2013 R&D 100 Winner


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One of the most overlooked threats to human health is poor indoor air quality. Various air pollutants exist indoors, including biological pollutants, secondhand smoke, combustion pollutants and other chemicals, and can pool in spaces with inadequate ventilation. Determining the source of pollution is often the first step in improving air quality. Lawrence Livermore National Laboratory’s DNATrax, a safe simulant material made with non-biological DNA, can track and quantify indoor airflow. DNATrax particles are produced by combining unique DNA barcodes and food additives in an aqueous solution, forming the mixture into droplets, and drying it. The resulting simulant material has a spherical morphology and is ~1 to 10 µm in aerodynamic size; the size of particle can be adjusted depending on the application. The concentration of DNA is set to ensure that one or two copies are present in each particle. Once produced, the microparticle simulates the aerosols comprising the air around us.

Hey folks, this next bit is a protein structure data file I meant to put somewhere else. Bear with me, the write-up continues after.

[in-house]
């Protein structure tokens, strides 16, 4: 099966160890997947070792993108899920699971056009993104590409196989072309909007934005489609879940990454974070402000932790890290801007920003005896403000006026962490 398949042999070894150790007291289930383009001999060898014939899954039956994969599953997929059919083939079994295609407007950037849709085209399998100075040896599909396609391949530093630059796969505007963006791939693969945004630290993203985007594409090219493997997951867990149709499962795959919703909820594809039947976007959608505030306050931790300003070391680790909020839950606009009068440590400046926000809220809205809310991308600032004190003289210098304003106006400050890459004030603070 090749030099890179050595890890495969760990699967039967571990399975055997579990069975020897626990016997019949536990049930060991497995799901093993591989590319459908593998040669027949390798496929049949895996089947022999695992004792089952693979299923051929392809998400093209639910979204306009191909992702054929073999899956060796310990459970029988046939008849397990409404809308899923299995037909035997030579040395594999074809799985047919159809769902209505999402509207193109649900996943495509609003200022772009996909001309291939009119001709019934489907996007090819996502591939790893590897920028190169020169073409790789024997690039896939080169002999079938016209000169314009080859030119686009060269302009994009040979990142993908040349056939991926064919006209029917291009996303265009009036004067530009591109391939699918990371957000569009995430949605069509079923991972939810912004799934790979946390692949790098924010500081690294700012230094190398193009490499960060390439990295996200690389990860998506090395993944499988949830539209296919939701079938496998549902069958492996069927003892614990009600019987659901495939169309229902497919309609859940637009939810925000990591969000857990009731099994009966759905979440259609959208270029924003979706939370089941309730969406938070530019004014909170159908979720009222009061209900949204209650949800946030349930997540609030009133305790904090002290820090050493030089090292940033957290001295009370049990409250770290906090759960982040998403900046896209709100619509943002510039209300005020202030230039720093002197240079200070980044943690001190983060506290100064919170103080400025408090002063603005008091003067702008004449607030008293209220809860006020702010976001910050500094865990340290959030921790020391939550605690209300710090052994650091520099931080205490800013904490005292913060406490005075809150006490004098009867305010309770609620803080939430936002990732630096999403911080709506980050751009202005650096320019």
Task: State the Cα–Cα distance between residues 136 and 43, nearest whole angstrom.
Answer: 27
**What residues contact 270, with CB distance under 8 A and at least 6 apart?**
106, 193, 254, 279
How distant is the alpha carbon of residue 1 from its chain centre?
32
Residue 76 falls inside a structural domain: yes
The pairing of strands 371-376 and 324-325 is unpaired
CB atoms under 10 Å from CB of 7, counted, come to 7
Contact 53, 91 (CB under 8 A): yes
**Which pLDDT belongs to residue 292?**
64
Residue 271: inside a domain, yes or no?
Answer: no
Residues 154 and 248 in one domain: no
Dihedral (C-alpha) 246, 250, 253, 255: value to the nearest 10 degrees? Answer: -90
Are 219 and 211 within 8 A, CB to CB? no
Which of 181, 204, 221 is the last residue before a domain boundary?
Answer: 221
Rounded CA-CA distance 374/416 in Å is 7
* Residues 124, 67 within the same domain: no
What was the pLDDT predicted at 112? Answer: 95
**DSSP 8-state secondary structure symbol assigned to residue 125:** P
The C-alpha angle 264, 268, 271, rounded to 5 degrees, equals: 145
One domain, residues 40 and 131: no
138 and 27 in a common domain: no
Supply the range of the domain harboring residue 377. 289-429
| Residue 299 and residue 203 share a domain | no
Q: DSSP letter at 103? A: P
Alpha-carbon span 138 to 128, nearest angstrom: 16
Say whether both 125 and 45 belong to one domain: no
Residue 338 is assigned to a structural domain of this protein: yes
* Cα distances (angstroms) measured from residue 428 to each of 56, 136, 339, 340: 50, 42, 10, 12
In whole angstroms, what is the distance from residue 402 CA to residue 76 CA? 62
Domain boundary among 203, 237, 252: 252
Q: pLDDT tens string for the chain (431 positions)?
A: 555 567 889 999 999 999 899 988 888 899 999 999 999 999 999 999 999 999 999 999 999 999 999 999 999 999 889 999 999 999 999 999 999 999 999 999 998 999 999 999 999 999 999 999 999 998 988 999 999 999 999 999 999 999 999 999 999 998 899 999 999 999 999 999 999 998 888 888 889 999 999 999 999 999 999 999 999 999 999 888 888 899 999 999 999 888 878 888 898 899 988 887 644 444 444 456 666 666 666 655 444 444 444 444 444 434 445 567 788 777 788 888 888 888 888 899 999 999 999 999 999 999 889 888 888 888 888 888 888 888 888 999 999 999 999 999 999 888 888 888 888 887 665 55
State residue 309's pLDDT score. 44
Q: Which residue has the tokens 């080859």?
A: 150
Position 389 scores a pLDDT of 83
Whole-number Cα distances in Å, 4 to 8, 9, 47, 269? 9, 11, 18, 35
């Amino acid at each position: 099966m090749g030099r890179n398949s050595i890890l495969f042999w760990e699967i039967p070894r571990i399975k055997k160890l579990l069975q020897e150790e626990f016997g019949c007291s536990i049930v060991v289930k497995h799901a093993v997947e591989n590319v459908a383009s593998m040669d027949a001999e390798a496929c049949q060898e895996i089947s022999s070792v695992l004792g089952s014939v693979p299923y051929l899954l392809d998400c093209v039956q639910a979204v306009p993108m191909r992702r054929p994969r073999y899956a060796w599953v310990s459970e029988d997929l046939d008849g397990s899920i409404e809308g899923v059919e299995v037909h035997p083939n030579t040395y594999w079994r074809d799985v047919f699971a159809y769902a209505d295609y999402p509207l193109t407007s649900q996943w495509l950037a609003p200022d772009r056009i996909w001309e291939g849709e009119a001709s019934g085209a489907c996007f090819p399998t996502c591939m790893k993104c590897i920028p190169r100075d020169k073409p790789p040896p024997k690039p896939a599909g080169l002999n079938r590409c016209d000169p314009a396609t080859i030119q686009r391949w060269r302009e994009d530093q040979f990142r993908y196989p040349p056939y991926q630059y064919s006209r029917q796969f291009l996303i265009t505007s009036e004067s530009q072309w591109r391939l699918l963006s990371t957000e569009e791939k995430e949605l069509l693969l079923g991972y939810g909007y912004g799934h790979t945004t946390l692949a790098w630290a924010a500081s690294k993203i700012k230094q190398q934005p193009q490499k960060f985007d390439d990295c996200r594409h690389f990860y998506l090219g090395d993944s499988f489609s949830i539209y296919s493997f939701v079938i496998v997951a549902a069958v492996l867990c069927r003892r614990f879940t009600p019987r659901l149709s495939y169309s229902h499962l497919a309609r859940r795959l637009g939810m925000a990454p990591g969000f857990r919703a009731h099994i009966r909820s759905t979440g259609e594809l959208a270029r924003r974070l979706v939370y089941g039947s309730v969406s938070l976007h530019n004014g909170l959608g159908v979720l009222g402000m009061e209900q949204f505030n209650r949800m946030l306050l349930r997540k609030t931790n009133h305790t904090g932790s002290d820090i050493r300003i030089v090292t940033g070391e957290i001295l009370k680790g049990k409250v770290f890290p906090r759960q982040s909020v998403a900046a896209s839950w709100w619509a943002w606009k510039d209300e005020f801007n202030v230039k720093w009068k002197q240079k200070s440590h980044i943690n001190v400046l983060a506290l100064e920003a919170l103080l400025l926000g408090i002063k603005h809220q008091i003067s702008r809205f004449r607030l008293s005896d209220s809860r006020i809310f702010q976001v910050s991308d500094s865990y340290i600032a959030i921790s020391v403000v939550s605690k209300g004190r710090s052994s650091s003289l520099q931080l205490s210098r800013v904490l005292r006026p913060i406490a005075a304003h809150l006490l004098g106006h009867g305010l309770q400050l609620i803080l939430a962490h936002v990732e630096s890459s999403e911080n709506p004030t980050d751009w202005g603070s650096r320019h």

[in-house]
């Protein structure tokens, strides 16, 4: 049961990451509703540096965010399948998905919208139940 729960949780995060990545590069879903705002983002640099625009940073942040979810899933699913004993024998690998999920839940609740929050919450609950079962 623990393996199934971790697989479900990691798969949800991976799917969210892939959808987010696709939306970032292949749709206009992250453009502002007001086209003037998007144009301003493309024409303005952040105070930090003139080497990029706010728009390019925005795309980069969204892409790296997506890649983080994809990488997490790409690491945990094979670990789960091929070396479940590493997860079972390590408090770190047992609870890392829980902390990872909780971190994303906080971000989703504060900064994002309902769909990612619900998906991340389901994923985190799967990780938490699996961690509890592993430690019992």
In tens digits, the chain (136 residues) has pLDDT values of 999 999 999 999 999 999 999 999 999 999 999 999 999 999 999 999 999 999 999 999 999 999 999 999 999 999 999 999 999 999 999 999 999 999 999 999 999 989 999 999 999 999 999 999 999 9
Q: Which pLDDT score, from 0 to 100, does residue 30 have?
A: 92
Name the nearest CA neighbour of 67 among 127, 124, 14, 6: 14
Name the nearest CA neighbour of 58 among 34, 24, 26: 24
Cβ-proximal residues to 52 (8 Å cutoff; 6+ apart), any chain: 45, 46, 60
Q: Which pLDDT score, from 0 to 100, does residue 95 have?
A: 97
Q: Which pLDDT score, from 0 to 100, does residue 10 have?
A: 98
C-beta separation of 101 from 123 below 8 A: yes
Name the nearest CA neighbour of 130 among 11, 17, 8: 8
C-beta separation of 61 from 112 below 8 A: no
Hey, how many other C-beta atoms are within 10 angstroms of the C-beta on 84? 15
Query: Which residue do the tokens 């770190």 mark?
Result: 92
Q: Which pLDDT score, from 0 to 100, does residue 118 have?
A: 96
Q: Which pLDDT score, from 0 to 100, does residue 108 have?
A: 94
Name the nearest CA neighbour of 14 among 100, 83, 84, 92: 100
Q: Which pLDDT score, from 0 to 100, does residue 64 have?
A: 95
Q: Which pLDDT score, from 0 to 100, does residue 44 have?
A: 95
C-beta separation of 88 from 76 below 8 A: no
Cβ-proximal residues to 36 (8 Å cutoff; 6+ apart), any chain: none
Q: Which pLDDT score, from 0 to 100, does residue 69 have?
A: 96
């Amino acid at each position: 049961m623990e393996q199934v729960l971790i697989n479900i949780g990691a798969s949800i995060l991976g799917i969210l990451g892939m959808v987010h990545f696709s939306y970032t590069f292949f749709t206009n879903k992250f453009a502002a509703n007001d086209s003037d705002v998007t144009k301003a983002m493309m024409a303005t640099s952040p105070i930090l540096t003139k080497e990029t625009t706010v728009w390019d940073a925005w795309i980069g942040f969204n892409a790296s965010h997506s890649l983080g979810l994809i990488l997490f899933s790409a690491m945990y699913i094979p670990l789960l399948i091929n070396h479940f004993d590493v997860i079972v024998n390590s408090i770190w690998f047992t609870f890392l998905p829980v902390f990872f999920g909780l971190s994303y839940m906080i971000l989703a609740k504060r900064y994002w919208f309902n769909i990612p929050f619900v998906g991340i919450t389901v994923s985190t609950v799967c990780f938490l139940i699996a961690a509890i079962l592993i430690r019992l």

Clean air technology

Lawrence Livermore National Laboratory

Development Team

Lawrence Livermore National Laboratory's DNA TRAX development team (l-r): Ronald Leif, Ruth Udey, Sally Hall, Elizabeth Wheeler, George Farquar, Brian Baker.


The DNA TRAX Development Team from Lawrence Livermore National Laboratory
George Farquar, Principal Developer
Brian Baker
Sally Hall
Christine Hara
Ronald Leif
Maxim Shusteff
Cindy Thomas
Ruth Udey
Beth Vitalis
Elizabeth Wheeler